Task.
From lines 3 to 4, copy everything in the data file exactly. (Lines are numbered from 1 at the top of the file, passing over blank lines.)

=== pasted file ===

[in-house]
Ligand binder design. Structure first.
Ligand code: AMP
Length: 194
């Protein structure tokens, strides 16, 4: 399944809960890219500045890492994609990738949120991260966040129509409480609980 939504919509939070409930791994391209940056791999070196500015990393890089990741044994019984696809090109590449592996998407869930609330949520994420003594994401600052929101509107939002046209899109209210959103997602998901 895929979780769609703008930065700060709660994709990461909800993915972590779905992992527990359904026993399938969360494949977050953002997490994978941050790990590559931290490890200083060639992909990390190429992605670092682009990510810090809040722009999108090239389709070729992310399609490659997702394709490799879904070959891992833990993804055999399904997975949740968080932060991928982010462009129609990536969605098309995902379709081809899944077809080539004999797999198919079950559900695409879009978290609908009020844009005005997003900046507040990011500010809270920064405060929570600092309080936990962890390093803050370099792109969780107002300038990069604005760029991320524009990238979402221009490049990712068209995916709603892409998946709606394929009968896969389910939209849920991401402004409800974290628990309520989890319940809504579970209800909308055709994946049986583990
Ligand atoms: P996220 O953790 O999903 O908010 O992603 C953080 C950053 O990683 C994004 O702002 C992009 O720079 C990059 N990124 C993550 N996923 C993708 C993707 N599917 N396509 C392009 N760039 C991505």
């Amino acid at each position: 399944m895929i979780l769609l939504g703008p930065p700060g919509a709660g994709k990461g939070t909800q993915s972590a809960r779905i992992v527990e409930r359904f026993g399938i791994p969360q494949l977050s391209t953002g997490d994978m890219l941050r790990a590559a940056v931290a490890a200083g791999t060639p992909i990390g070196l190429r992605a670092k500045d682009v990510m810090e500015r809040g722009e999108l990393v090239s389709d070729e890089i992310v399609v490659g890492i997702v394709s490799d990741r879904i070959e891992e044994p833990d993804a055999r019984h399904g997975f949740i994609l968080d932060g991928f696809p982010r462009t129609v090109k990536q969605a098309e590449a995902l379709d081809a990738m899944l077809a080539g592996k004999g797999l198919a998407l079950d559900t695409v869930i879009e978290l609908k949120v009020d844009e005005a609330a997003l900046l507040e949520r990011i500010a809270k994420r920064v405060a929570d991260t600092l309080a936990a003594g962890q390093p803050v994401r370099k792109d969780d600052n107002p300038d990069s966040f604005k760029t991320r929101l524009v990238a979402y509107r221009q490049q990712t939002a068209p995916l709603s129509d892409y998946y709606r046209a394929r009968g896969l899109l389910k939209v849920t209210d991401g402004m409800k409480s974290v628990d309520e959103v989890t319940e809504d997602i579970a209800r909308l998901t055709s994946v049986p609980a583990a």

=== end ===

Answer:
Ligand code: AMP
Length: 194